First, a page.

It's nearing 6 p.m. as the happy-hour crowd shuffles through heavy doors. Making the trek to Addison and this typically trendy suburban pub--Rock Bottom Brewery, a generic Belt Line eatery featuring greasy personal pizzas and cold hot wings, among other good-if-you're-hammered sustenance--was an adventure for most, considering the Tollway's ludicrous rush-hour traffic. Most head directly for the varnished imitation wood surrounding several overworked bartenders in the back right corner of the restaurant, salivating at the prospect of a cold libation, hoping to at once ease the road rage left behind and the tension that lies ahead.
They've come to bear witness to what has been, much to their chagrin, an exercise in futility in recent years. Co-hosted by The Ticket (1310-AM) sports radio, they've come here, to the Mavericks draft party, to consume frosty beverages and to hope Dallas can undo 10 years of anguish and misdeeds with a few hours of poker-faced gambling.
Just then, the PA system crackles, and an unfamiliar female voice with a surprisingly gruff timbre tries valiantly to speak over the crowd's low rumble.
Please direct your attention to the video screens, she says simply.
The already dank setting grows dimmer as the lights fade. The only illumination comes from the sunlight streaming in from the bustling entranceway and the blue glow of a host of televisions. Simultaneously, the TVs begin showing a somewhat blurry, black-and-white scene in an urban Dallas setting where it appears to be raining. Across the bottom of the screens, in tiny letters, is the phrase "The underdog has grown hungry."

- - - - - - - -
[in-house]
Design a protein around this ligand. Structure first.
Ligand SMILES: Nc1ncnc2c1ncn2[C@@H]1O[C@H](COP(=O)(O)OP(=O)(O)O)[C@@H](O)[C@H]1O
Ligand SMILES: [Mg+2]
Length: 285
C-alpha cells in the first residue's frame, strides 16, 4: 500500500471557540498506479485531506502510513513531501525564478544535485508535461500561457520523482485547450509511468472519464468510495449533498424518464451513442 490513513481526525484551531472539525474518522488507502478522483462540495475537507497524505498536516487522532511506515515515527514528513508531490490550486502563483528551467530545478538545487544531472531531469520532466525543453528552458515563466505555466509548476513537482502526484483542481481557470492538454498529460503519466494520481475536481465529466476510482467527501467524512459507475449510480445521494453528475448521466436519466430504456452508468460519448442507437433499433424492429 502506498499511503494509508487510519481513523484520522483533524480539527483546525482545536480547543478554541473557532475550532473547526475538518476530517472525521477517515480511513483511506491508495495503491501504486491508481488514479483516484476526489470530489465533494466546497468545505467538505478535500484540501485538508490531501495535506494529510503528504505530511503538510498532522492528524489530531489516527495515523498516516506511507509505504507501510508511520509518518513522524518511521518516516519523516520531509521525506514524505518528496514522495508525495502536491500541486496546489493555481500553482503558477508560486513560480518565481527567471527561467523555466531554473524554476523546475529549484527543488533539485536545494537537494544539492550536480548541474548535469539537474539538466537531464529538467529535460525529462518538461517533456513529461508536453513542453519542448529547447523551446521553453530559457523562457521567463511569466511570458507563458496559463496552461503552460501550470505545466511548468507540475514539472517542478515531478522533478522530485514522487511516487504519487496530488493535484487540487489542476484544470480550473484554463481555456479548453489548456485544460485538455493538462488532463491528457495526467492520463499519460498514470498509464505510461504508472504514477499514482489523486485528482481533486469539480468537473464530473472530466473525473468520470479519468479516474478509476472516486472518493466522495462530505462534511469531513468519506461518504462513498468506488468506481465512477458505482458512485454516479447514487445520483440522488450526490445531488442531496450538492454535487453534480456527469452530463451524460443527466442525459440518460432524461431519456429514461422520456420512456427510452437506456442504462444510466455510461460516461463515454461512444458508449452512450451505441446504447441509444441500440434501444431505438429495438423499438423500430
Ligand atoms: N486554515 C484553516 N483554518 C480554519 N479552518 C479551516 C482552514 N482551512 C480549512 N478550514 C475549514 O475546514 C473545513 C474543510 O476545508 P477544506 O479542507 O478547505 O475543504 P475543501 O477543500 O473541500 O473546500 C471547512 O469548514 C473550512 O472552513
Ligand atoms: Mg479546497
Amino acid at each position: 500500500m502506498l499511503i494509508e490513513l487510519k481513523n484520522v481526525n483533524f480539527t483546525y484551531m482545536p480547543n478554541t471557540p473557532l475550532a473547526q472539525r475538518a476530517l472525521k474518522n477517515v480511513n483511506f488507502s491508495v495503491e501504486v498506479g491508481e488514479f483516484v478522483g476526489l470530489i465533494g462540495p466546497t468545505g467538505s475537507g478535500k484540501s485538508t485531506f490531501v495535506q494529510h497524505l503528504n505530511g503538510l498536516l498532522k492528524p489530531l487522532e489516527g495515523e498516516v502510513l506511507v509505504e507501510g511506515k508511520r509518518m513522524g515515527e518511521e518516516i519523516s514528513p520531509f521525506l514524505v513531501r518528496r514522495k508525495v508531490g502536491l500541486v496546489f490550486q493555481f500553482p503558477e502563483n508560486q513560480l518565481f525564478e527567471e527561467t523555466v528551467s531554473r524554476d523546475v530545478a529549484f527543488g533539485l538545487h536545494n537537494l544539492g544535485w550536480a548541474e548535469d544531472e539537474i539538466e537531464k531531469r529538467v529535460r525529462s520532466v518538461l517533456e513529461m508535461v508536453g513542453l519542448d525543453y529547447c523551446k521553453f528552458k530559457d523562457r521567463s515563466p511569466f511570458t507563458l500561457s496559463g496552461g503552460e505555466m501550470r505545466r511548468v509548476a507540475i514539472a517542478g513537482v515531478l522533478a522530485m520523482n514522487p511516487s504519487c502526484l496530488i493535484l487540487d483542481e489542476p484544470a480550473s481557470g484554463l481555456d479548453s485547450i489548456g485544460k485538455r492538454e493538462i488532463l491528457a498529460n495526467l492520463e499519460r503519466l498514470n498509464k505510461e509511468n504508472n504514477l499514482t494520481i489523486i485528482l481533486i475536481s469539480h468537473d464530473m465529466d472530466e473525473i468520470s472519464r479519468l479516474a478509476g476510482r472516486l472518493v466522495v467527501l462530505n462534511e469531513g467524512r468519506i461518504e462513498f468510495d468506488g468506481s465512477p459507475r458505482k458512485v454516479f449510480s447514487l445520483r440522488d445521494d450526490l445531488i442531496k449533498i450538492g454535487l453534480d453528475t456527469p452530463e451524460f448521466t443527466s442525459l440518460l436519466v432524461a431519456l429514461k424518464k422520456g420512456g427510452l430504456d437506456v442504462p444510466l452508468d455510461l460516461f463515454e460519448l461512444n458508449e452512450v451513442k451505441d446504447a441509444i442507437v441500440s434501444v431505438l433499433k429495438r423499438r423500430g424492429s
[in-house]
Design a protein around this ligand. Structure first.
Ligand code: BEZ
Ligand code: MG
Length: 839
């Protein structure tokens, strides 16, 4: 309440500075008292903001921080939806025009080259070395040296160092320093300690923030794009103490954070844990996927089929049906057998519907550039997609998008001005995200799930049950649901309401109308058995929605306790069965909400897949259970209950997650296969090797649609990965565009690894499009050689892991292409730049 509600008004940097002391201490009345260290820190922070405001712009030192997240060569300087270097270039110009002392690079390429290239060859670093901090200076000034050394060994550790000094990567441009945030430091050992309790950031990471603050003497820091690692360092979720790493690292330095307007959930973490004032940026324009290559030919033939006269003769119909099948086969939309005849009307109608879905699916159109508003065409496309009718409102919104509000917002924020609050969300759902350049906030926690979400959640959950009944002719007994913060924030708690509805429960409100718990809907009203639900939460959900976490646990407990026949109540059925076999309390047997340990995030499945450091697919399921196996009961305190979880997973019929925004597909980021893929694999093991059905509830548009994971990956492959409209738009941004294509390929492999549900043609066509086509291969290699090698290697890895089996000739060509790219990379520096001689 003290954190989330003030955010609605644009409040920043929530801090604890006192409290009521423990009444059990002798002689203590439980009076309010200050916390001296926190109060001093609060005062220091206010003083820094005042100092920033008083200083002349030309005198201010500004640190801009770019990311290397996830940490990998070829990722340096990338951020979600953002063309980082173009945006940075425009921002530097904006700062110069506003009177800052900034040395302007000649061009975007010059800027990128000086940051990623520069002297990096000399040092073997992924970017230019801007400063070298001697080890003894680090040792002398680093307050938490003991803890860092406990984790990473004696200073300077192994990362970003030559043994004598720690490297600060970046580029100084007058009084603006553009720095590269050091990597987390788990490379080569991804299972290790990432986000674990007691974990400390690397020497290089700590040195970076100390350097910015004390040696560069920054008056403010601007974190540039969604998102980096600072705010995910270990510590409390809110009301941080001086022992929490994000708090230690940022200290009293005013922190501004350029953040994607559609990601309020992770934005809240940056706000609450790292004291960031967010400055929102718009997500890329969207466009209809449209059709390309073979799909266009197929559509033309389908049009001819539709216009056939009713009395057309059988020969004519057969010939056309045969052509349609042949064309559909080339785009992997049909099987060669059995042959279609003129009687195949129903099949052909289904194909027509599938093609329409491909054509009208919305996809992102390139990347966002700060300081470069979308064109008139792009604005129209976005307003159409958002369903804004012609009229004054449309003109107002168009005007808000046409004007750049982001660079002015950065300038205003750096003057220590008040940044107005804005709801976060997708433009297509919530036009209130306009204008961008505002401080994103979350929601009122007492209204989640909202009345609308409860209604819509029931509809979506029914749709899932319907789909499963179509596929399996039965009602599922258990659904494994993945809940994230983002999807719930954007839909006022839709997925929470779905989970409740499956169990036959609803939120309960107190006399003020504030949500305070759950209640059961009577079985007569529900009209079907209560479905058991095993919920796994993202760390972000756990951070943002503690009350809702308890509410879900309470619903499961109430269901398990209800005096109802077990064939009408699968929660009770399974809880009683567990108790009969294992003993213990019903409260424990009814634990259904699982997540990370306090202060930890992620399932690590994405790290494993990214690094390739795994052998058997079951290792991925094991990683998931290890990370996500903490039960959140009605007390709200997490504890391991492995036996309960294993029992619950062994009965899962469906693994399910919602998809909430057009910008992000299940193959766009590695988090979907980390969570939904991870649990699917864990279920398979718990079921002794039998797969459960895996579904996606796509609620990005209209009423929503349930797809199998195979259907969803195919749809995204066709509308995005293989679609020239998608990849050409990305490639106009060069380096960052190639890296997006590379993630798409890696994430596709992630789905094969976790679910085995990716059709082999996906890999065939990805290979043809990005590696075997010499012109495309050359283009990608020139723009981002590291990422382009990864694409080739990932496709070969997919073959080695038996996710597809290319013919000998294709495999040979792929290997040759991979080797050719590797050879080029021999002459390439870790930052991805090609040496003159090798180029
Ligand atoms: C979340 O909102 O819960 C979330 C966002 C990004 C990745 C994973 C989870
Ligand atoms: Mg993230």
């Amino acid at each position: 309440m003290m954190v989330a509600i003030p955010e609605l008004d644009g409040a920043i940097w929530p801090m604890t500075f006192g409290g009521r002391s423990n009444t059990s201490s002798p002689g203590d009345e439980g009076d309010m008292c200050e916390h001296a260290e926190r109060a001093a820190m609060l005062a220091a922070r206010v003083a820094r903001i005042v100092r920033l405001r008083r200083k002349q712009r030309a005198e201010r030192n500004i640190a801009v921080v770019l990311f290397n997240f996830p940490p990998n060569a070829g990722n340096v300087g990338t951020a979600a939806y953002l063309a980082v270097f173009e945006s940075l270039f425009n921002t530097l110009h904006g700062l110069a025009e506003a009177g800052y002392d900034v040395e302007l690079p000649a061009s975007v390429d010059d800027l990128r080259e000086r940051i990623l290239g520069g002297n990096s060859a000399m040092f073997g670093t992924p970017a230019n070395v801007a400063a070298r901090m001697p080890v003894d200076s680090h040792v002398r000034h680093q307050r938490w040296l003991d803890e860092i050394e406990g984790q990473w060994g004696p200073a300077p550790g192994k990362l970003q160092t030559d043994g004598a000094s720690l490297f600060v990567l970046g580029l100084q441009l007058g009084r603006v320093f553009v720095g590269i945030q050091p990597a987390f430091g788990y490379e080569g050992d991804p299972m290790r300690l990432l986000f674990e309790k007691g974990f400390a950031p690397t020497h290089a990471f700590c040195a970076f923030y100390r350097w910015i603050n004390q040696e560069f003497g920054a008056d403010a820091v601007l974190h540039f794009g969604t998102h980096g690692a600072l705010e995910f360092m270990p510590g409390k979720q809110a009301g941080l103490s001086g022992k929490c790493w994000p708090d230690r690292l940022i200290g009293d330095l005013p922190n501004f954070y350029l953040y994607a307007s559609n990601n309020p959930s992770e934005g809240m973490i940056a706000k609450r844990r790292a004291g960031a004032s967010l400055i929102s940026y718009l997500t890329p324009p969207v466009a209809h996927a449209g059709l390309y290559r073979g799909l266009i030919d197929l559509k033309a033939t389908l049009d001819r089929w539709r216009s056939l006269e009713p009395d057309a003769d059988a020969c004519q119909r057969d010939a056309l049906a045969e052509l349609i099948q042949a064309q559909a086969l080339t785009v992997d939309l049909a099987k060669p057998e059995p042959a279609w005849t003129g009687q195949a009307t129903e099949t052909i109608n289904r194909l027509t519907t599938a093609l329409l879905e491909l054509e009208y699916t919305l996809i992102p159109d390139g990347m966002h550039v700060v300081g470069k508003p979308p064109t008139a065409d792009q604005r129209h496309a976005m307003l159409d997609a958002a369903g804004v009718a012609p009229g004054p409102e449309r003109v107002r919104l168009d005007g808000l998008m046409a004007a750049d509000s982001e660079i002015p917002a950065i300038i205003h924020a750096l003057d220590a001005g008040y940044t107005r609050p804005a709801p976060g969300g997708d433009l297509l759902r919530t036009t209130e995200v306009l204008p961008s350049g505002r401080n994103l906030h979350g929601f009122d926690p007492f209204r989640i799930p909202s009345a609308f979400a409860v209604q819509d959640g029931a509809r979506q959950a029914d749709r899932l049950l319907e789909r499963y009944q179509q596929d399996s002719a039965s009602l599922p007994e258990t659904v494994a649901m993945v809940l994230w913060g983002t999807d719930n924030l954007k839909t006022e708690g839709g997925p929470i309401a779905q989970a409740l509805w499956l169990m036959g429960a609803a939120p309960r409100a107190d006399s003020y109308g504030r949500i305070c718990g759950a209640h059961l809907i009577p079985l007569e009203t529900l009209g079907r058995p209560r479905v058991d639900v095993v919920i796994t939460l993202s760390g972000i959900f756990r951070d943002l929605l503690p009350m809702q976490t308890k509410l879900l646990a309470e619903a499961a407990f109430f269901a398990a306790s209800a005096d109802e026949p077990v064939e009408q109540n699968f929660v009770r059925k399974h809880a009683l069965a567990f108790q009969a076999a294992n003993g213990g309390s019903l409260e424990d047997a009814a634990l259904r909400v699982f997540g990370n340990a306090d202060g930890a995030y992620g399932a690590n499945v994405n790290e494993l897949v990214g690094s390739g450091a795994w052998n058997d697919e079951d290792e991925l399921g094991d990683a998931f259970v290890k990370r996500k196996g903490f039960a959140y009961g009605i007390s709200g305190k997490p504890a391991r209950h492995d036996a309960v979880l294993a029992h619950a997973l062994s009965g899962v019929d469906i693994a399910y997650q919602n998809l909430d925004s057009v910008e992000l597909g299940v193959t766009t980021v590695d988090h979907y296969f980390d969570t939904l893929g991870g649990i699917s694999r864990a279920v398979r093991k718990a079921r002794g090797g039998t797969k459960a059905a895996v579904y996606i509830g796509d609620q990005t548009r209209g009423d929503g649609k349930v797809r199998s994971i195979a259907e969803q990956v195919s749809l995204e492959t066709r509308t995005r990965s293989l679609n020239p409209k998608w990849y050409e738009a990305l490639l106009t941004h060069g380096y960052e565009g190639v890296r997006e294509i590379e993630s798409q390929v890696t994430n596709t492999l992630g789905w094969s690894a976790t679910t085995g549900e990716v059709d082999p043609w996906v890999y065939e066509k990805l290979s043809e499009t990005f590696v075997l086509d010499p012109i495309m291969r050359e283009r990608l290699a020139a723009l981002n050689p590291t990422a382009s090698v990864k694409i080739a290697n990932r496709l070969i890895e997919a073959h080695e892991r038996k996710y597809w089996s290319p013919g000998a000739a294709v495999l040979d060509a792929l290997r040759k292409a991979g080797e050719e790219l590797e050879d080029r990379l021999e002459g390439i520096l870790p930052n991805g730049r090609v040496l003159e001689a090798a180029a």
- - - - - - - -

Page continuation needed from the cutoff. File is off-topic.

Suddenly, a vicious-looking Rottweiler on a short leash appears and begins snapping hungrily at the audience. A few seconds later the mutt is gone, vanished into thin air, replaced by three tall, muscular black males. One is crouching, examining the vacated spiked collar. One is dribbling a basketball. The other simply takes up space, practicing, perhaps, for the upcoming season. All three casually turn and groove off camera in that slow, methodical walk employed by Quentin Tarantino--a saunter that's not overly flamboyant, not incredibly animated, but purposely deliberate and definitely cool. Look-at-us cool.
After the picture fades, we're left with more words, but these flash intermittently against a dark backdrop: "It's payback time, Dallas Mavericks, 2000-2001."
The response is one of resounding indifference. A smattering of claps come from an overflow crowd so dense that it reminds you of a college fraternity party in both volume and erudition. Aside from those few who offer a soupçon of applause, most don't know what to make of the video. It's a rather crude promo, actually, but the Mavericks' PR people assure everyone it's just a rough copy, not yet massaged into final form. Good thing too, since one of those paybackers featured in the spot is guard Erick Strickland, who is just a few hours away from being traded to the New York Knicks.
D'oh. Um, did anyone deliver the memo to public relations? Guess not.
More amusing, or at least ironic, is that the Mavs not only asked Strickland to be part of the ad but also requested he be present at this little shindig to entertain the invitation-only bluebloods in the VIP room--which he did in sincerity, but only after he and forward Gary Trent, upon arrival, immediately asked "Where's the free food at?" Strickland's reward for accommodating the organization, for taking time to hang with total strangers? Some cold chicken fingers and a ratty "I · ·N.Y." T-shirt with yellowed pit stains. All this, strangely enough, after neophyte owner Mark Cuban enthusiastically endorsed No. 20 at season's end for his hard work and exemplary character.